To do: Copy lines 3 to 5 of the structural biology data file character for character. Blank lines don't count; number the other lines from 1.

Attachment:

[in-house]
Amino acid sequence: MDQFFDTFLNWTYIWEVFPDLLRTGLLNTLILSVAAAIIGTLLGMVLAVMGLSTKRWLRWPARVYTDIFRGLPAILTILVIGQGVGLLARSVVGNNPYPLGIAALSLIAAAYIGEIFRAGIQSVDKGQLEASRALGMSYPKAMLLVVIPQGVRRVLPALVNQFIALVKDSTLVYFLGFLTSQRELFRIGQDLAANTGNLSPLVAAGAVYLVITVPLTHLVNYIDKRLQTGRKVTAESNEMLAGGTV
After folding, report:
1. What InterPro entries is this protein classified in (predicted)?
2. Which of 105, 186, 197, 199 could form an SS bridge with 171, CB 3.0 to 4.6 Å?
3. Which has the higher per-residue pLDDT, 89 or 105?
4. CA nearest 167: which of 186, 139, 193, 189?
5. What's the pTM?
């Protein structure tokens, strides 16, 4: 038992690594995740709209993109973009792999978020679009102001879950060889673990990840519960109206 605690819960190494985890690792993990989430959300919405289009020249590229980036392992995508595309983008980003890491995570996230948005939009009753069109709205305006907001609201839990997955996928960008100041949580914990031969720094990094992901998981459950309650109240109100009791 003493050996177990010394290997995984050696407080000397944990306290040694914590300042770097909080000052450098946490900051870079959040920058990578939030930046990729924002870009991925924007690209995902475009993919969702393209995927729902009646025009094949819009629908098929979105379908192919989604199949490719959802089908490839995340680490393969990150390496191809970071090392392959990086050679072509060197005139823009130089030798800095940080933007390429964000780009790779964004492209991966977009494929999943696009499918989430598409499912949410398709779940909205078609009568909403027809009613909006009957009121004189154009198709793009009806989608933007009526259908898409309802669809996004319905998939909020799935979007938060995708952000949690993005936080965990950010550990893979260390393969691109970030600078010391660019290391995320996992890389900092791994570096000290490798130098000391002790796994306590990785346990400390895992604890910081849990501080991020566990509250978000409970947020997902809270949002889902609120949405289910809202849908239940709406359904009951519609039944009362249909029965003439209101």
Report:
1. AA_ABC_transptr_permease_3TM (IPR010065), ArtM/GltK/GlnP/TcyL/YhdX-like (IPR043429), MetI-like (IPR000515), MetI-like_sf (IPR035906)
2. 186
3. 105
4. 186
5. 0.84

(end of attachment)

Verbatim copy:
After folding, report:
1. What InterPro entries is this protein classified in (predicted)?
2. Which of 105, 186, 197, 199 could form an SS bridge with 171, CB 3.0 to 4.6 Å?